I pulled out and dusted off a CD from a long time ago – Suzanne Vega’s “Solitude Standing.” Love the CD – took me back about 25 years. Shockingly, it was released in 1987. I was listening to Tom’s Diner. It is a beautiful and poetic song. It is a poem about a moment in time – a woman sitting in a café over coffee. There was a line that stuck out to me from the song. The singer is looking outside through the window of the diner and this is what she says:
There’s a woman on the outside
Does she see me?
No she does not really see me
‘Cuz she sees her own reflection
I thought about this as a metaphor for human relationships and in particular human communication. When I teach the skills of listening and I watch people begin to practice, an interesting thing occurs. As they practice listening, I will often ask the speaker, “how is that when the other person really listens to you?” There are a variety of reactions, but nearly always, they come down to “I felt heard” and more powerfully for many people, “I felt seen.” It is incredible to witness – this experience of people feeling seen. It is a profound experience for most people partly because it is so rare. Imagine what it would be like if you could listen to people in this way. What would change in your business if people truly felt that you heard them?
So what gets in the way of this listening?
There are a number of good answers to this question, but one of the most prominent reasons is described well in the quote above. We don’t see other people because we are thinking about, focused on our own selves. This is something that happens in many ways. It can be as simple as the fact that we have a lot on our minds and we are distracted from listening by our own personal lives and troubles, or what we are working on at the moment or how quickly we need to get to the next meeting.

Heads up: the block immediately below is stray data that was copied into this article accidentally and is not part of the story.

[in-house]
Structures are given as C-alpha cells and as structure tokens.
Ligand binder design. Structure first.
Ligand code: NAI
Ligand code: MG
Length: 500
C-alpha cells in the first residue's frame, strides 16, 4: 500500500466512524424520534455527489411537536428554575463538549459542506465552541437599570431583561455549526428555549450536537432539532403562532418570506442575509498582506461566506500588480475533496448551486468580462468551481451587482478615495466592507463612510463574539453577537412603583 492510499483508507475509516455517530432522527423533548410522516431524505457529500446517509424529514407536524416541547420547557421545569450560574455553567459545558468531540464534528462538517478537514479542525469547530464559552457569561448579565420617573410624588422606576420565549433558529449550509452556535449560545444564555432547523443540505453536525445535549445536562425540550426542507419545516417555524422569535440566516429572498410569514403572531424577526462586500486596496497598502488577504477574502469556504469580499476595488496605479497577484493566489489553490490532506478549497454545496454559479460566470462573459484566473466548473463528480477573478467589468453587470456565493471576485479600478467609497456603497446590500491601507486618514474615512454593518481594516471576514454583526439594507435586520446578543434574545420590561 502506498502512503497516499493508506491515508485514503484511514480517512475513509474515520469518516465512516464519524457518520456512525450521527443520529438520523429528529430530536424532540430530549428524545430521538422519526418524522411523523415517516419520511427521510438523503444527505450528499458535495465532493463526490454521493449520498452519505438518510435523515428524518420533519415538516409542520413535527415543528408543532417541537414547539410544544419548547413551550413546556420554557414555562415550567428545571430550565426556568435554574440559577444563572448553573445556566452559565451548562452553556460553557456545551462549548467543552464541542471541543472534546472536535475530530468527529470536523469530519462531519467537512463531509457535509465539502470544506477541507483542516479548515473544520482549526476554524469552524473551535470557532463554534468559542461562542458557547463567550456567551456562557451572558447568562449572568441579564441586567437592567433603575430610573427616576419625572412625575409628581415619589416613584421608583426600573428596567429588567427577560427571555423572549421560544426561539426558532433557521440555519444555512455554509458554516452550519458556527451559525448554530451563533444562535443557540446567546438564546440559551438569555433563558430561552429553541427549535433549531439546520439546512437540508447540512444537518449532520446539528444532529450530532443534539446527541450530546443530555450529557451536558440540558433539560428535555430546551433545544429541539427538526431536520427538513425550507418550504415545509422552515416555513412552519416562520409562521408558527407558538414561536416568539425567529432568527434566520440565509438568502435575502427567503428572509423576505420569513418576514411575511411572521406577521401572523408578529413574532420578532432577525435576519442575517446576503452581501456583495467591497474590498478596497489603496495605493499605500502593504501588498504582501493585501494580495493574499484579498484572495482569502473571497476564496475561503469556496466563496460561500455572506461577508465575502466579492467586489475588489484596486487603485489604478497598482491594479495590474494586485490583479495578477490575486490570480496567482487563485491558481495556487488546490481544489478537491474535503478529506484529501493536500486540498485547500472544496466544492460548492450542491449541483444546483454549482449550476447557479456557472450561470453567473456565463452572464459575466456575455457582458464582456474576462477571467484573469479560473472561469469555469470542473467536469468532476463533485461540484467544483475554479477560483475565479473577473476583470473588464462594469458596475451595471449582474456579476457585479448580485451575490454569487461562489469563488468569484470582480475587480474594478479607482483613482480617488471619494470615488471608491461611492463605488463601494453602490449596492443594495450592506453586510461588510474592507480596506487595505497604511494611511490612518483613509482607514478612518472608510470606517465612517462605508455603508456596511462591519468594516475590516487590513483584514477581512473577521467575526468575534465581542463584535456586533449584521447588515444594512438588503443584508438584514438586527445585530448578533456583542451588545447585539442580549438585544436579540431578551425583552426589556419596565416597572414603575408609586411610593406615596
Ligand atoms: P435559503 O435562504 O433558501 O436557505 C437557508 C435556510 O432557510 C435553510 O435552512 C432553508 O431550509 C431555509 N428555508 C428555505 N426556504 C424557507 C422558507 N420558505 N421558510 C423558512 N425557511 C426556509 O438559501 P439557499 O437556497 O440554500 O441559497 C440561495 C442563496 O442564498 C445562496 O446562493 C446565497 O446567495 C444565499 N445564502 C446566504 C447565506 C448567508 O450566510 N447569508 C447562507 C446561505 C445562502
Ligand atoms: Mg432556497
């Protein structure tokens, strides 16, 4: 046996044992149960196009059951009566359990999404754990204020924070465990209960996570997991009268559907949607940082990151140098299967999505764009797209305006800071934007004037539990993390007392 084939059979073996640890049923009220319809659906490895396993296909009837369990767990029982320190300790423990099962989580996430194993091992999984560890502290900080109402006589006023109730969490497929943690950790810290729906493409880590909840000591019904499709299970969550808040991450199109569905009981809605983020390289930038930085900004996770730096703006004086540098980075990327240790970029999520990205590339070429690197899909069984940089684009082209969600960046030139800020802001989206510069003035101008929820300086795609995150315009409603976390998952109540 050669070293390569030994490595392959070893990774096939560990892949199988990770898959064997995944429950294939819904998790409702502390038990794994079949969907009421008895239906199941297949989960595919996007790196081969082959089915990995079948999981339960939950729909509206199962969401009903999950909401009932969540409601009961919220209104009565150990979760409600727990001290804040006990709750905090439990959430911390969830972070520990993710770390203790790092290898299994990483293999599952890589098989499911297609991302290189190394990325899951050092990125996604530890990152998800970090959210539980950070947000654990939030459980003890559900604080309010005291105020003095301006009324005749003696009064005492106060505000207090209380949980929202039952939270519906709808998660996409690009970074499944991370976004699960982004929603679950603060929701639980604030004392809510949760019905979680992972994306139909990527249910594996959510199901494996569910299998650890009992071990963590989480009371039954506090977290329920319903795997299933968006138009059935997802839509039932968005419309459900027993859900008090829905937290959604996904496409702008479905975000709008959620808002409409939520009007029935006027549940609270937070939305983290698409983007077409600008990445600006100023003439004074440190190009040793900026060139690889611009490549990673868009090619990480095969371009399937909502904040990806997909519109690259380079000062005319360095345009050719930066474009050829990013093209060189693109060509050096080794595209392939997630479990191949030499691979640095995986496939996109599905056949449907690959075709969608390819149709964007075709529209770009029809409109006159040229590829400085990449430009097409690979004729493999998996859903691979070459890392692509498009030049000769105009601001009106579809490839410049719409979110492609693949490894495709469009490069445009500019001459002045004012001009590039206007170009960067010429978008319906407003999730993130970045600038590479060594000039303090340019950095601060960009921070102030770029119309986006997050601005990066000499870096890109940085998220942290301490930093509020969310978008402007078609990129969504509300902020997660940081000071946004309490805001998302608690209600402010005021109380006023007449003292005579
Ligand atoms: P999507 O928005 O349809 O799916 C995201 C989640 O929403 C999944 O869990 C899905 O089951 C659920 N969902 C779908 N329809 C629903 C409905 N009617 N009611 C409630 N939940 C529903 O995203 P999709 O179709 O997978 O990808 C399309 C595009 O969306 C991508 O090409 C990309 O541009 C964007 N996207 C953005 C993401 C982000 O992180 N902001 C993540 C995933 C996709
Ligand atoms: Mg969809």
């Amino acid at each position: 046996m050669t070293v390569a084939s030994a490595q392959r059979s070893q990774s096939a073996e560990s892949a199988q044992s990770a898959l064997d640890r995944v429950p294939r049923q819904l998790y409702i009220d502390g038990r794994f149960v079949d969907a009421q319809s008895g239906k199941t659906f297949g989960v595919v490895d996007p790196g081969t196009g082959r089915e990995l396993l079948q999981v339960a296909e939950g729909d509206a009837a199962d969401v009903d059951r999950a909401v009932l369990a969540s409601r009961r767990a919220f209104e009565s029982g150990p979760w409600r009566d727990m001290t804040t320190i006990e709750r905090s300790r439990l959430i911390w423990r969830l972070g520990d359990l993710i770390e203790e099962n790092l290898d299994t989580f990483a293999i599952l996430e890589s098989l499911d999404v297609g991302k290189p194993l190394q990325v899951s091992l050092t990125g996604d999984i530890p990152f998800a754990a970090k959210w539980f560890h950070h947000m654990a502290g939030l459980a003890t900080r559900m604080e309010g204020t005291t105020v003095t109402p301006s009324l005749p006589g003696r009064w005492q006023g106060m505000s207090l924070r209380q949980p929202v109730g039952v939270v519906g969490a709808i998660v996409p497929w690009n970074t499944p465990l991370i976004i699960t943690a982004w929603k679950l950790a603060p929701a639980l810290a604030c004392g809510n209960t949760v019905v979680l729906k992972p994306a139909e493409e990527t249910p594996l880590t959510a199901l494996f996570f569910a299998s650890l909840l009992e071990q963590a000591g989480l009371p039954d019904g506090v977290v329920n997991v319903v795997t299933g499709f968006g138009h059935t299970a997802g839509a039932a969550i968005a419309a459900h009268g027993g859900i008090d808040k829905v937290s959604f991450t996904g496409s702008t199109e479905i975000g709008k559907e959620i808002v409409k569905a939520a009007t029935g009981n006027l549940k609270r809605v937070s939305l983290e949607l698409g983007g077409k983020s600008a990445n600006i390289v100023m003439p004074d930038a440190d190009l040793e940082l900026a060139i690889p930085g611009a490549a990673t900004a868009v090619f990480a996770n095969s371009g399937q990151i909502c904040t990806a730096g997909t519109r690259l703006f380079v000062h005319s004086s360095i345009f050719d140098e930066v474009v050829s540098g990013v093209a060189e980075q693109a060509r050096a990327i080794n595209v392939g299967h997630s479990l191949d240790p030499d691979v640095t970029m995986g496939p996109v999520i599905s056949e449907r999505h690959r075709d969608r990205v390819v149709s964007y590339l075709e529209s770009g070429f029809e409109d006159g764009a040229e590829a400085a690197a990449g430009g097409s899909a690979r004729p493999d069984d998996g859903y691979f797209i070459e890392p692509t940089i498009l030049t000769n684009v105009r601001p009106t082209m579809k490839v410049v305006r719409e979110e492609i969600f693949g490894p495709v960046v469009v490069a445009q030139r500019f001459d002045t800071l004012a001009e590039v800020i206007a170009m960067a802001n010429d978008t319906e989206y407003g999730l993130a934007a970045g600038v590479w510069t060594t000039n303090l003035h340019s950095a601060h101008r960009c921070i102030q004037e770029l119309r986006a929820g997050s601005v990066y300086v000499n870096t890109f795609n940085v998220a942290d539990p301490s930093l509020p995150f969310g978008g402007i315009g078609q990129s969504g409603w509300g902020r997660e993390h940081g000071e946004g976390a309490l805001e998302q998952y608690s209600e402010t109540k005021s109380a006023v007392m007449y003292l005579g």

Or it could be something I call “self-referencing.” This means that we filter what we hear through the “how does this apply to me?” filter. For example, a good friend tells you about her son learning to drive the car and her experience of riding with him and the emotions that it brought up for her. Rather than really hear about her experience, you remember learning to drive yourself, or you remember teaching your own child to drive. And then you might even share that experience – a typical scenario in a typical conversation. What happens when you do that? First, the other person does not feel heard. Second, in some meaningful way, you have not really and fully heard them.
Many people believe if they get the words and can repeat them back they are truly listening. But there is a distinction between the auditory process of sound coming into your ear and you making sense of the words, and truly listening, which requires attention, focus and true curiosity. You cannot be truly curious if you are referencing your own experience. You cannot see the other person because you see your own reflection.
Try this – and if you’ve been reading my blogs on communication, you have heard this before – be curious, truly curious. Clear away your experience and look for their experience. Really look for it. This will help you see past your own reflection to the person who is in there wanting to be heard. It does not matter if it is a spouse, a child, a co-worker, a subordinate – if you are not really hearing people, they also will not fully engage with you. And that is a problem not just in our homes, but in the workplace. Employee “disengagement” is at an all time high. This is largely because we are not taking the time to focus, be curious and listen.
So go out there and look through the glass. Past your own reflection and everything that is about you, to the other person. You will be amazed what happens.
And if you are in Sacramento on November 4, 2015, attend my 1/2 day training on “nuts and bolts of communication.” Click the link for more information and to register: http://www.mclarencoaching.com/coaching-for-businesses-and-corporations/workshops-and-trainings/
You will learn more about self-referencing, listening, determining another’s world view, and how to change the way you communicate to become a better listener, more curious and more clear, and obtain the results you really want.